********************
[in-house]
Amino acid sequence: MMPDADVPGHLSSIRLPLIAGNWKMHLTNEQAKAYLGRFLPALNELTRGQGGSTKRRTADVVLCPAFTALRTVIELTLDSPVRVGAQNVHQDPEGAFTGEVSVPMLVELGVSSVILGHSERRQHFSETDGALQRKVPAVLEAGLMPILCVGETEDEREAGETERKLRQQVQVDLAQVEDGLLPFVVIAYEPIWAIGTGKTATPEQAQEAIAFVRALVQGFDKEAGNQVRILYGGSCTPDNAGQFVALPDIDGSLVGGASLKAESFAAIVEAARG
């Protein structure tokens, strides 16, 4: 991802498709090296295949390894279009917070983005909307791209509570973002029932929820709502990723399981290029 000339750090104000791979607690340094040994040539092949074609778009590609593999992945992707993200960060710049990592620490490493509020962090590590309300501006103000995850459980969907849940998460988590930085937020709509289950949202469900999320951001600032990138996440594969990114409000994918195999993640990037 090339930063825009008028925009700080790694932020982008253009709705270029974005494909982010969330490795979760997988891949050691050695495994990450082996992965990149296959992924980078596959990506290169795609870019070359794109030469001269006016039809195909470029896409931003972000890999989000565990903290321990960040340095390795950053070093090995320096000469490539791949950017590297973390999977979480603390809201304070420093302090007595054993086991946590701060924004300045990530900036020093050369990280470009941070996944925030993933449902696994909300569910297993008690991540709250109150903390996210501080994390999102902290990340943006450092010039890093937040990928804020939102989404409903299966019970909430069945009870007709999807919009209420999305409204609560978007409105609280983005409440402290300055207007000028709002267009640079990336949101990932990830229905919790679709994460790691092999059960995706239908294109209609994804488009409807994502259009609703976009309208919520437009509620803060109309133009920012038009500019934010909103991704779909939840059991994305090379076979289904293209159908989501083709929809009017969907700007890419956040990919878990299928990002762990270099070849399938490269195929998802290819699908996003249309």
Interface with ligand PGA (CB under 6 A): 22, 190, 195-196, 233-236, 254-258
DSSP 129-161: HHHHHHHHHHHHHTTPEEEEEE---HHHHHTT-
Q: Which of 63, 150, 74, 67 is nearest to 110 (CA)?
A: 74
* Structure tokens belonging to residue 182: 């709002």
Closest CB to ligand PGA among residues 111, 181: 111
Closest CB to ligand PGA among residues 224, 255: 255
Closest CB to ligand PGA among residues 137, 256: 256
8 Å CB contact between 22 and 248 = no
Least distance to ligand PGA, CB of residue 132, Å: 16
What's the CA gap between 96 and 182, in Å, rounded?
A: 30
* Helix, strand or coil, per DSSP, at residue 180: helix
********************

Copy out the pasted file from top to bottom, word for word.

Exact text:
[in-house]
Amino acid sequence: MMPDADVPGHLSSIRLPLIAGNWKMHLTNEQAKAYLGRFLPALNELTRGQGGSTKRRTADVVLCPAFTALRTVIELTLDSPVRVGAQNVHQDPEGAFTGEVSVPMLVELGVSSVILGHSERRQHFSETDGALQRKVPAVLEAGLMPILCVGETEDEREAGETERKLRQQVQVDLAQVEDGLLPFVVIAYEPIWAIGTGKTATPEQAQEAIAFVRALVQGFDKEAGNQVRILYGGSCTPDNAGQFVALPDIDGSLVGGASLKAESFAAIVEAARG
């Protein structure tokens, strides 16, 4: 991802498709090296295949390894279009917070983005909307791209509570973002029932929820709502990723399981290029 000339750090104000791979607690340094040994040539092949074609778009590609593999992945992707993200960060710049990592620490490493509020962090590590309300501006103000995850459980969907849940998460988590930085937020709509289950949202469900999320951001600032990138996440594969990114409000994918195999993640990037 090339930063825009008028925009700080790694932020982008253009709705270029974005494909982010969330490795979760997988891949050691050695495994990450082996992965990149296959992924980078596959990506290169795609870019070359794109030469001269006016039809195909470029896409931003972000890999989000565990903290321990960040340095390795950053070093090995320096000469490539791949950017590297973390999977979480603390809201304070420093302090007595054993086991946590701060924004300045990530900036020093050369990280470009941070996944925030993933449902696994909300569910297993008690991540709250109150903390996210501080994390999102902290990340943006450092010039890093937040990928804020939102989404409903299966019970909430069945009870007709999807919009209420999305409204609560978007409105609280983005409440402290300055207007000028709002267009640079990336949101990932990830229905919790679709994460790691092999059960995706239908294109209609994804488009409807994502259009609703976009309208919520437009509620803060109309133009920012038009500019934010909103991704779909939840059991994305090379076979289904293209159908989501083709929809009017969907700007890419956040990919878990299928990002762990270099070849399938490269195929998802290819699908996003249309």
Interface with ligand PGA (CB under 6 A): 22, 190, 195-196, 233-236, 254-258
DSSP 129-161: HHHHHHHHHHHHHTTPEEEEEE---HHHHHTT-
Q: Which of 63, 150, 74, 67 is nearest to 110 (CA)?
A: 74
* Structure tokens belonging to residue 182: 């709002």
Closest CB to ligand PGA among residues 111, 181: 111
Closest CB to ligand PGA among residues 224, 255: 255
Closest CB to ligand PGA among residues 137, 256: 256
8 Å CB contact between 22 and 248 = no
Least distance to ligand PGA, CB of residue 132, Å: 16
What's the CA gap between 96 and 182, in Å, rounded?
A: 30
* Helix, strand or coil, per DSSP, at residue 180: helix